WELLINGTON, March 11 (Xinhua) -- New Zealand's registered banks are being targeted in what is set to be the country's biggest ever class action lawsuit as three law firms attempt to reclaim " excessive" bank default fees for bank customers.
The legal action by New Zealand lawyer Andrew Hooker, Australian class action experts Slater and Gordon and litigation funder Litigation Lending Services (NZ) will claim the banks unfairly charged around 1 billion NZ dollars (821.89 million U.S. dollars" in fees over the past six years.
More than a million New Zealanders were eligible to join the Fair Play on Fees action, Hooker said in a statement Monday.
"Customers are charged an average of 15 NZ dollars every time they overdraw their accounts, pay their credit card late or bounce a cheque when the cost to the bank is actually just a few cents," he said.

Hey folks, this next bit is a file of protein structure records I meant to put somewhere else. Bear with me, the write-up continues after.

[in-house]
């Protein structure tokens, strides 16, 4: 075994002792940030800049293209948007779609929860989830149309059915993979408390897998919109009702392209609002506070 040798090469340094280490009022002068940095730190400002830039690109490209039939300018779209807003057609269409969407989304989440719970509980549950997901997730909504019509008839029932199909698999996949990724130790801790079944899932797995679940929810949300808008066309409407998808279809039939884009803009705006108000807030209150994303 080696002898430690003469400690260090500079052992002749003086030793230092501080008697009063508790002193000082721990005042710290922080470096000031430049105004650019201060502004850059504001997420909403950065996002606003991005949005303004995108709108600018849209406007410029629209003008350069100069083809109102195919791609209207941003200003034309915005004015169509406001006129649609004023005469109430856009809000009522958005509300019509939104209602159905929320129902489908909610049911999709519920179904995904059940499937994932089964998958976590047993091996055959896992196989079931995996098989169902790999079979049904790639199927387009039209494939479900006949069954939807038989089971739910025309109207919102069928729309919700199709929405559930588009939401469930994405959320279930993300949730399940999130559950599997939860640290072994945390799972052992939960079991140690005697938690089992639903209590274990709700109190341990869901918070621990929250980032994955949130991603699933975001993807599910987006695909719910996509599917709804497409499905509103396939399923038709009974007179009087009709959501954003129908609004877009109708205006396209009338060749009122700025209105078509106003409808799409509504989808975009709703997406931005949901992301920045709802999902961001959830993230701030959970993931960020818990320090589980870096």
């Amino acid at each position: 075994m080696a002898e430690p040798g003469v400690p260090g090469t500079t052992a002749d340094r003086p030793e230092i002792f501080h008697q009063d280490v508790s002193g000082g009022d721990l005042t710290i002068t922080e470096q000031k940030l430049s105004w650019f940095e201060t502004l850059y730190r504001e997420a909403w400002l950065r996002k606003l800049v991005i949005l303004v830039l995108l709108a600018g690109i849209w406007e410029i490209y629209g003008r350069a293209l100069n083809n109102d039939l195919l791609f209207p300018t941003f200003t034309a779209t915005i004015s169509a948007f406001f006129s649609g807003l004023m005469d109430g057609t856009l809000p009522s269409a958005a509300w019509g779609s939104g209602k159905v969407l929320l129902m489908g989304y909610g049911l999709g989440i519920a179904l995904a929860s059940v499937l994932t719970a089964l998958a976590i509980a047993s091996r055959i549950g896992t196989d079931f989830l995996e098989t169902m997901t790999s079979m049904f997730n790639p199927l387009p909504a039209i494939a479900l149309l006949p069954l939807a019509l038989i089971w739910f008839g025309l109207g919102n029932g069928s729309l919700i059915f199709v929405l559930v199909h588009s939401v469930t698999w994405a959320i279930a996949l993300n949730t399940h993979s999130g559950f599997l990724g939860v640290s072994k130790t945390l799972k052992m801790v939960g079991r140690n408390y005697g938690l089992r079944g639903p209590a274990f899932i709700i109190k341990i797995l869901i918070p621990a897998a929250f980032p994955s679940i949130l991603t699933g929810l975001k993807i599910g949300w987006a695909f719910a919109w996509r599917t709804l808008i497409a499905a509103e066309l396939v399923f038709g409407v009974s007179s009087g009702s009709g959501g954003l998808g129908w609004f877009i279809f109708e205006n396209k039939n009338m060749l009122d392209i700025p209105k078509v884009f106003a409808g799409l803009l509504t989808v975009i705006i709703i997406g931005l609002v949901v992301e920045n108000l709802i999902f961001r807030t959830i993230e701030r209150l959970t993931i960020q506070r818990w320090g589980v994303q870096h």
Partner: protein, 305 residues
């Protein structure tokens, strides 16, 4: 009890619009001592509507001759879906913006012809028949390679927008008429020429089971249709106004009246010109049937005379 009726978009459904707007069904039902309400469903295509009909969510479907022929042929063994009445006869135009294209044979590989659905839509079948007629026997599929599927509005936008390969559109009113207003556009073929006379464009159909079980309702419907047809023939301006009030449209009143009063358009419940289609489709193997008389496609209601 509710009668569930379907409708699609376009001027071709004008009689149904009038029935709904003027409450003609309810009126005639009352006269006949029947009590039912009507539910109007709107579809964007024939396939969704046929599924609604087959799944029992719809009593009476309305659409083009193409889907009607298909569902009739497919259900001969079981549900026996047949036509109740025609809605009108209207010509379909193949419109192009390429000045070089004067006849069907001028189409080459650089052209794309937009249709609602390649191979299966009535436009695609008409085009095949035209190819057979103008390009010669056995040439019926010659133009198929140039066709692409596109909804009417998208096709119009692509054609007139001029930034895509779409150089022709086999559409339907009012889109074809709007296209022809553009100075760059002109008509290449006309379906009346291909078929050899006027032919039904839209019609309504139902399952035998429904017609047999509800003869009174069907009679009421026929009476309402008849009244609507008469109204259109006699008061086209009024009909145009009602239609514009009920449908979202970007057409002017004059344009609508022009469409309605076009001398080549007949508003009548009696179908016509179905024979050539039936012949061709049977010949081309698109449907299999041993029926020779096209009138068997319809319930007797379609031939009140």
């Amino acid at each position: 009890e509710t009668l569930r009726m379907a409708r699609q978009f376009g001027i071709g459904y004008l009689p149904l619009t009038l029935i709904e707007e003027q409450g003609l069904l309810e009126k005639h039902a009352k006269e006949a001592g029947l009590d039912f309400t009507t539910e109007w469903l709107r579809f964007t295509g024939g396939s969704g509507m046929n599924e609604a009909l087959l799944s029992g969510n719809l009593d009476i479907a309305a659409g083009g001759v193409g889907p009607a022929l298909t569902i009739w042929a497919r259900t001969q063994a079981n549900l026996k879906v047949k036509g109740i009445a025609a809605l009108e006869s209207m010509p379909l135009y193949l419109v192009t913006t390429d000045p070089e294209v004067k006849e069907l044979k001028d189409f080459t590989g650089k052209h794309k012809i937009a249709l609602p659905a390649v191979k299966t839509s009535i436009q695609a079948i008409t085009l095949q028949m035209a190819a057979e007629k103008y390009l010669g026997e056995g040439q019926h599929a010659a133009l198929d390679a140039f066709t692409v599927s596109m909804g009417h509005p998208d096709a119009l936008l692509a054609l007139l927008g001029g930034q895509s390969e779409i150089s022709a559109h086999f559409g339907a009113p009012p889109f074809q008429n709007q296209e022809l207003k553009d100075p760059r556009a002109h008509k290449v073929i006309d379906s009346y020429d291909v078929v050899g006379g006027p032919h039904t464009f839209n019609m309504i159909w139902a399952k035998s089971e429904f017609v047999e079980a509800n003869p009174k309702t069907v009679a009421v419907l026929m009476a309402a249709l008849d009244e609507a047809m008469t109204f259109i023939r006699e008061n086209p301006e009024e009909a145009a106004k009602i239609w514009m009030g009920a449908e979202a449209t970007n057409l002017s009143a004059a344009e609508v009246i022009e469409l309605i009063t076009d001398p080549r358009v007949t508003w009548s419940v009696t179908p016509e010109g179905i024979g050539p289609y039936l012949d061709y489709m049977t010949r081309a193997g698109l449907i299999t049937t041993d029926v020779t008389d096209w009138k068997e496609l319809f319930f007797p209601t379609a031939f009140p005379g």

The case would be based on a principle of contract law that a default fee was an unenforceable penalty if it was higher than what it actually cost the charging party.
"We understand that a bank is a business and they have to charge fees. But these fees also have to be fair and lawful. That is what this class action is about."
Hooker said customers had been helpless against the banks for years and a class action was the only way to hold the banks accountable.
"Banks are in the privileged position of having access to customers' funds and can just extract these fees from customers without much of a right of reply. They have also relied on individuals not making the effort to take the banks to court."
The litigation will be structured so that claimants had no upfront costs and would be fought on a "no win, no fee basis."
New Zealand's four biggest banks are Australian owned and the fifth, Kiwibank, is owned by the New Zealand government.
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